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Startup businesses and individual talent were recognised at the final of the 2015 Nordic Startup Awards (NSAs), with educational and social technologies picks of the prize winners.
The competition started by finding national winners across 10 categories from each of the five Nordic nations. Those that were successful in their locale were added to shortlists for the regional awards – and then battled it out at the grand final in Helsinki on 27 May.
In excess of 13,000 public votes were cast all around the world, acknowledging the individual investors, developers, founders and journalists from the region, alongside those fresh startup companies and ventures making their mark locally, regionally and internationally.
The best accelerator programme award was given to Iceland's Startup Reykjavik, best professional investor award went to Sweden's Creandum, and best social entrepreneurship startup was awarded to Denmark's Be My Eyes, an app that lets blind people contact a network of sighted volunteers for help via live video chat.
People's choice a surprise
Some 22 judges – representing a range of companies and organisations, from HP to the United Nations Development Programme (UNDP) and top Nordic businesses – supplemented the popular vote to determine overall winners in all categories, except the wildcard people's choice award.
This award went, somewhat surprisingly, to little-known Danish startup Unipegma, an online subscription service enabling students, academics and professionals to enjoy near-universal access to digital books and materials in most study subjects and syllabuses.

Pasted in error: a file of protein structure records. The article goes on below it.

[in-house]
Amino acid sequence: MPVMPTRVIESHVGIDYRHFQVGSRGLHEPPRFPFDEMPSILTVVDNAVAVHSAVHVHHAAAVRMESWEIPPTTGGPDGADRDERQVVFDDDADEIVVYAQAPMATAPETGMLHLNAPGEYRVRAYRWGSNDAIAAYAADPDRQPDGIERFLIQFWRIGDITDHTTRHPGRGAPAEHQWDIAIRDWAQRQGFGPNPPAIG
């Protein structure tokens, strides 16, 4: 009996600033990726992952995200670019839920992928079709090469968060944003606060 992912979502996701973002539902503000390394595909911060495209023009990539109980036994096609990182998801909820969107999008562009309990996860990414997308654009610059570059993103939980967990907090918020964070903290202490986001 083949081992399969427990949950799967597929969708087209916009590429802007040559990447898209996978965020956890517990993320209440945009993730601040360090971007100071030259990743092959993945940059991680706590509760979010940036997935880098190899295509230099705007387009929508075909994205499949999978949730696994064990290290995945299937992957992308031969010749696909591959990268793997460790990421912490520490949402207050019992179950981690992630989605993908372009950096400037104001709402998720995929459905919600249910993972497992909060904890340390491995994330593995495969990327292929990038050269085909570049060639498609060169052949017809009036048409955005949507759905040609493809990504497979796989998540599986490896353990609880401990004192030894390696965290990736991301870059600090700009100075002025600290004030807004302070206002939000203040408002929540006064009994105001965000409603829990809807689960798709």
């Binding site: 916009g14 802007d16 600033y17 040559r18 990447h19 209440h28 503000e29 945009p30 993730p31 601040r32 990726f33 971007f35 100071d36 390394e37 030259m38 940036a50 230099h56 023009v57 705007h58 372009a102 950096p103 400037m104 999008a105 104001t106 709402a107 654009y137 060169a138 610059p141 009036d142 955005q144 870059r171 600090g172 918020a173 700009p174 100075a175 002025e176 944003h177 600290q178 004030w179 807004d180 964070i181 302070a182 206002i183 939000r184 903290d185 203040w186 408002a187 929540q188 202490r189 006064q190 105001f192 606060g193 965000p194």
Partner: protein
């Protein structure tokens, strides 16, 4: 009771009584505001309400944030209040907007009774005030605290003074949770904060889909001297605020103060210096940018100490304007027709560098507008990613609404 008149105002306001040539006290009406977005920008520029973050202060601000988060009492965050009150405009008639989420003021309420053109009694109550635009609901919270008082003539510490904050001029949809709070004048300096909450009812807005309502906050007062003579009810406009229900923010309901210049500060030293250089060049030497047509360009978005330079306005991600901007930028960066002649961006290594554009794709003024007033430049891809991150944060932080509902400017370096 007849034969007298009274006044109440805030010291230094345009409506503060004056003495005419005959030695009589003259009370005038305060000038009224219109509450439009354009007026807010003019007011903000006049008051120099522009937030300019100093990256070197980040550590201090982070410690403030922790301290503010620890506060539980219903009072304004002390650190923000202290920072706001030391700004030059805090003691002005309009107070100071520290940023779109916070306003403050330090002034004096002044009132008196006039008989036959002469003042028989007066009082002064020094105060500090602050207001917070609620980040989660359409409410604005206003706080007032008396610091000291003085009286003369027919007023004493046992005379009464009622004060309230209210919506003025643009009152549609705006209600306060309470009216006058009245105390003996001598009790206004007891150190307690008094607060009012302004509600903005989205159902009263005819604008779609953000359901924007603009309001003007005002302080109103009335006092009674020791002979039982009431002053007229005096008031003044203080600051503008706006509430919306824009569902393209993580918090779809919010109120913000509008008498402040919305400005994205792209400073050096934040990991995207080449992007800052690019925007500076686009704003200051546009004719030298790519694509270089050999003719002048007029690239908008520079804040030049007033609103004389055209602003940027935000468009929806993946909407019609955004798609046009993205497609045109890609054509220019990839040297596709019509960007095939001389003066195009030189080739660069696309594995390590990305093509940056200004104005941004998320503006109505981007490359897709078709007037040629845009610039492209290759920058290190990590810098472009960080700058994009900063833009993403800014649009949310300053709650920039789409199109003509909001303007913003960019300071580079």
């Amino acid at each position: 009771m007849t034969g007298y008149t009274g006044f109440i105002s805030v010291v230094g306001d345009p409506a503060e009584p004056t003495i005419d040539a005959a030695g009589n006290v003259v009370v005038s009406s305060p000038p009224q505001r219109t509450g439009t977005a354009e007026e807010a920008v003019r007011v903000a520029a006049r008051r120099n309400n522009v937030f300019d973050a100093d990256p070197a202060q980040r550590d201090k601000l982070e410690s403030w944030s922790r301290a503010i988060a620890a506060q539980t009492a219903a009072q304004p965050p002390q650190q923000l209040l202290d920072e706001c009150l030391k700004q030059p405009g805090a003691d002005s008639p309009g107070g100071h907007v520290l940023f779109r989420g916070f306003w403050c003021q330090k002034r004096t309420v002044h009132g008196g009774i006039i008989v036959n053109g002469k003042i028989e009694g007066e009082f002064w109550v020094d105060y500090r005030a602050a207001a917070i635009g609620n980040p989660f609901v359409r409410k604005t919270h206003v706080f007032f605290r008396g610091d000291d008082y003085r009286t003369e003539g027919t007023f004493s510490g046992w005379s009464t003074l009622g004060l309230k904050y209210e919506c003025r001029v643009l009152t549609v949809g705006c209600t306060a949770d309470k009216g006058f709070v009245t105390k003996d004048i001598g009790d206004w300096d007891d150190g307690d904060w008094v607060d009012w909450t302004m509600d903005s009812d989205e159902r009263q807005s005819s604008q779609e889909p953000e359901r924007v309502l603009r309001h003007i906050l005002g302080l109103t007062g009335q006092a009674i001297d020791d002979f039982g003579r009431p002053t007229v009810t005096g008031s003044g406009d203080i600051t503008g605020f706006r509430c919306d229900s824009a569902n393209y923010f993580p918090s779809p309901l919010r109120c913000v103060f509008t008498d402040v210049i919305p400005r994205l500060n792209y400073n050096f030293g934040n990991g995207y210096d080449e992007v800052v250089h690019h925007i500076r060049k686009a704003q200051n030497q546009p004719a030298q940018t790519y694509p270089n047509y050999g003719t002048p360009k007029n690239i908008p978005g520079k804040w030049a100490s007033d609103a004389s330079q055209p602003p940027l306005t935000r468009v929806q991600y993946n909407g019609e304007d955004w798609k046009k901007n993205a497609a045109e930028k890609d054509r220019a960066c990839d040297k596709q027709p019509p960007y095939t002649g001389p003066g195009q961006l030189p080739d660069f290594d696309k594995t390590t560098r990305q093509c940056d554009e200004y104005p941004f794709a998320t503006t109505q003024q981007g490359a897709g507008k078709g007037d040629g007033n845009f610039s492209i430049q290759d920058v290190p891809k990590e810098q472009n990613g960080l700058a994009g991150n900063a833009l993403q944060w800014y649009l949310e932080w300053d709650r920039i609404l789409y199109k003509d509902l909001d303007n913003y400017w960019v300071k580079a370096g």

“I was really happy,” said Unipegma founder Camilla Hessellund Lastein. “The people's choice award means more to us because we rely entirely on our users, so it's validation of the concept.”
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Unipegma is still pre-launch, still negotiating with partners and investors, and still has fewer than 100 Twitter followers and less than 500 Facebook fans. It wasn't the obvious people's award, yet it taps into a blossoming educational technology industry – one that Nordic startups are embracing.
“People are still trying to take on the book as a media, and trying to optimise tech and software to create better solutions for students,” said Hessellund Lastein. “Education is an area where there hasn't been much development and evolution.”
Education technology for the world
Asmund Furuseth is vice-president of business development at Kahoot!, which won best startup in the Norwegian heat, but lost out in the final.
Kahoot! is another educational app that launched in 2013, and now serves 13 million active global learners each month. Some 90% of users are in the classroom, while big clients such as PwC and DNB Bank use the platform to assist in staff training and education.
“Globally, the market for how you learn is growing,” Furuseth told Computer Weekly. “Education has been built on a fast food model where you want as many people as possible going through a system and ending up with a known job. But these days we don't know what kind of job you'll have when you've finished your education, so education has to change and adapt to jobs that will be available in the future.”